Jonathan Segal, The ONE Group

Jonathan Segal

Creating Experiences

Editors’ Note

Jonathan Segal has over 35 years of experience working for family owned hospitality companies, including The Modern Group. With his father, he created The International Travel Group in 1991, a successful merger of two hotel booking companies, Expotel Hotel Reservations and Room Center. In addition, he was also the Co-Creator of WorldPay, the world’s first Internet payment company and the predecessor to PayPal.

Company Brief

The ONE Group (togrp.com) develops and operates upscale, high-energy restaurants and lounges, and provides ONE Hospitality, a turnkey food and beverage service for hospitality venues including hotels, casinos, and other high-end locations, both nationally and internationally. The ONE Group’s primary restaurant brand is STK, a unique steakhouse concept with locations in major metropolitan cities throughout the U.S. and Europe. STK artfully blends two concepts – the modern steakhouse and a chic lounge – into one, offering a high-energy, fine-dining experience with the superior quality of a traditional steakhouse.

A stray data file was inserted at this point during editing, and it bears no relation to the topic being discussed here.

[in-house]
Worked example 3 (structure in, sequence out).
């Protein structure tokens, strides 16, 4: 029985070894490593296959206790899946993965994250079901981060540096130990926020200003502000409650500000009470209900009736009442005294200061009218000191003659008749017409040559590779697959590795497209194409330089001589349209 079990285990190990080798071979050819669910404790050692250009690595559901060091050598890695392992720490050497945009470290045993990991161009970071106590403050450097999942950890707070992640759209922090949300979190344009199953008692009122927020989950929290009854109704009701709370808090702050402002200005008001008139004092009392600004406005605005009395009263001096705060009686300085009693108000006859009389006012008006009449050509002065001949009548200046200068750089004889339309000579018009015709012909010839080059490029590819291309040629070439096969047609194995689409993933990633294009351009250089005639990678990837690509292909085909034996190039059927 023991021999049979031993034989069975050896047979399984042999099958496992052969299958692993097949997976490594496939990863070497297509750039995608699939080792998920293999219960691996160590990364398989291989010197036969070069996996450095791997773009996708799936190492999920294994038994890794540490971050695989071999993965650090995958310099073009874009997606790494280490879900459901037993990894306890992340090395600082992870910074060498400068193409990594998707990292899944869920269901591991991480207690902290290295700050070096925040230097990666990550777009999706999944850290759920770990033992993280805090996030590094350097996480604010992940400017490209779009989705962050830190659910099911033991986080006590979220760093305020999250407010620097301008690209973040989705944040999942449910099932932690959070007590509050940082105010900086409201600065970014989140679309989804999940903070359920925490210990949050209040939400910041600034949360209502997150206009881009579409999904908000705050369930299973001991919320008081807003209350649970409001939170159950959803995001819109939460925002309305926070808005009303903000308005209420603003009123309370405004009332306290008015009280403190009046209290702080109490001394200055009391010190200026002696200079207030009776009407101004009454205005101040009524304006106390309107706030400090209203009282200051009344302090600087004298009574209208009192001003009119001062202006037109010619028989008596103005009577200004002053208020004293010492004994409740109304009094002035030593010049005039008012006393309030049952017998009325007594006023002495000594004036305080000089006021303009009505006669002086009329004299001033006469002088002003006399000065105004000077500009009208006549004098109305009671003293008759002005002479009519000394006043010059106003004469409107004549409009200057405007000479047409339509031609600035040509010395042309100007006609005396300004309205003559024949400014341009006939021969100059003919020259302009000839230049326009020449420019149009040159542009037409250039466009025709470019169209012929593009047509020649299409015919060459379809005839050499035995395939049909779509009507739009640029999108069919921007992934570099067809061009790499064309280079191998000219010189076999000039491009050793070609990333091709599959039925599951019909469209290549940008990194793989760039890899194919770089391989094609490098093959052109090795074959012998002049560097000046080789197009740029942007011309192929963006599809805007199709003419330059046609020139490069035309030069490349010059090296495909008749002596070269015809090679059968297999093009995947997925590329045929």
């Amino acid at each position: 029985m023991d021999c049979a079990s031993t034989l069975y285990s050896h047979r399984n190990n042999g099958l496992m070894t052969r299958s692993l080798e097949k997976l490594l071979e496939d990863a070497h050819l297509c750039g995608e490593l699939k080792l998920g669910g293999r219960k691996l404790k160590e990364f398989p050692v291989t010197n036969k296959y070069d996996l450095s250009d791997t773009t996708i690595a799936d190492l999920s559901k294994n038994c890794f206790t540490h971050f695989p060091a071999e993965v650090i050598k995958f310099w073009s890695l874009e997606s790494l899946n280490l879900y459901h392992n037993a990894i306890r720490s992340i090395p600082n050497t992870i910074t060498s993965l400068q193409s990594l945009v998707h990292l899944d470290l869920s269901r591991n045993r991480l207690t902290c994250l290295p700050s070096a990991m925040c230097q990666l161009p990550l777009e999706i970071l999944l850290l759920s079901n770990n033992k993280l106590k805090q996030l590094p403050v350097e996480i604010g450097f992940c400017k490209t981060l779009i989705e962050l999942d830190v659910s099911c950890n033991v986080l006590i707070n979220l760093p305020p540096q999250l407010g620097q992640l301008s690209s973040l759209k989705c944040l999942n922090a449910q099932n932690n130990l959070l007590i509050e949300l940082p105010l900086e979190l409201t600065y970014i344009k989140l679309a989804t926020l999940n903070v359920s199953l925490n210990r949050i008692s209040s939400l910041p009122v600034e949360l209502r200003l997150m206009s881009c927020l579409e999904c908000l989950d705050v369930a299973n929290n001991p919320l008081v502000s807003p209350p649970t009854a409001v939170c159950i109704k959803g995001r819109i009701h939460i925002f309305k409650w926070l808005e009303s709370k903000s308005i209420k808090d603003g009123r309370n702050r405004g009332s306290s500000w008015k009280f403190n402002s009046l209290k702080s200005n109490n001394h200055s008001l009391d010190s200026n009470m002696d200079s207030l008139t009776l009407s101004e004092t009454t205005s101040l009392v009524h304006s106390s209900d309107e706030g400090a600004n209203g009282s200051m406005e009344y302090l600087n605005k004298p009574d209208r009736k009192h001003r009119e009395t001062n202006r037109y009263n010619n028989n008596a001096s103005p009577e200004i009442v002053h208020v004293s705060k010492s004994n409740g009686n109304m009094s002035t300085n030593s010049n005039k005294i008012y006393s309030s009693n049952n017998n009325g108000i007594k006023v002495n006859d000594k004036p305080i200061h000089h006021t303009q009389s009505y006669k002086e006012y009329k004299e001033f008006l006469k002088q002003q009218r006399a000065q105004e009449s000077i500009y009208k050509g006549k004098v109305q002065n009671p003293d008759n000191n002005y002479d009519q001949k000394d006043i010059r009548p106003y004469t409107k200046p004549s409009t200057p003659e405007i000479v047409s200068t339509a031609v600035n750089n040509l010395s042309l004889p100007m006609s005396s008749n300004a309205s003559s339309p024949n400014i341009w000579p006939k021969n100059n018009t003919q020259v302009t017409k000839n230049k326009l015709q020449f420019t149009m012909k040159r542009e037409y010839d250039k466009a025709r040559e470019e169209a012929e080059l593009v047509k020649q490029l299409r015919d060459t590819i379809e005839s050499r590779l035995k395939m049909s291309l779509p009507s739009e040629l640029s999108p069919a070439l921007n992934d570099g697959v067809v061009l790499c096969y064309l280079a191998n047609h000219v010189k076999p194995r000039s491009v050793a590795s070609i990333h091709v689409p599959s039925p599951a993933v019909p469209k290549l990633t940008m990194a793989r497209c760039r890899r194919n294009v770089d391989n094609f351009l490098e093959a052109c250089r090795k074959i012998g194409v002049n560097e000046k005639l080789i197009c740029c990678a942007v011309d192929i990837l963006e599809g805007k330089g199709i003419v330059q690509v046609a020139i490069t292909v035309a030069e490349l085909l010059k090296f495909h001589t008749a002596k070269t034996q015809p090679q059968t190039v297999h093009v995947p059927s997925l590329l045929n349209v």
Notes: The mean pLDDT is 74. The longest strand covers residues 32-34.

Radio Rooftop bar at the ME London Hotel

Radio Rooftop bar at the ME London Hotel

Will you discuss where the STK brand stands today and are there additional opportunities for growth?

STK has grown fantastically. By the end of 2017, we will have 25 STK locations, including five STK Rooftops, which offer a different experience from our traditional STK venues.

The brand has retained a high degree of strength because of the target market we go after. The guys are in their late 30s/early 40s and up, and women are in their mid-20s and up. We’re appealing to a market of people that would go to two or three different places a night. Because we’re catering to a market that is less influenced by the current trend and more influenced by what counts for this group as an enjoyable experience, it enables the brand to sustain itself.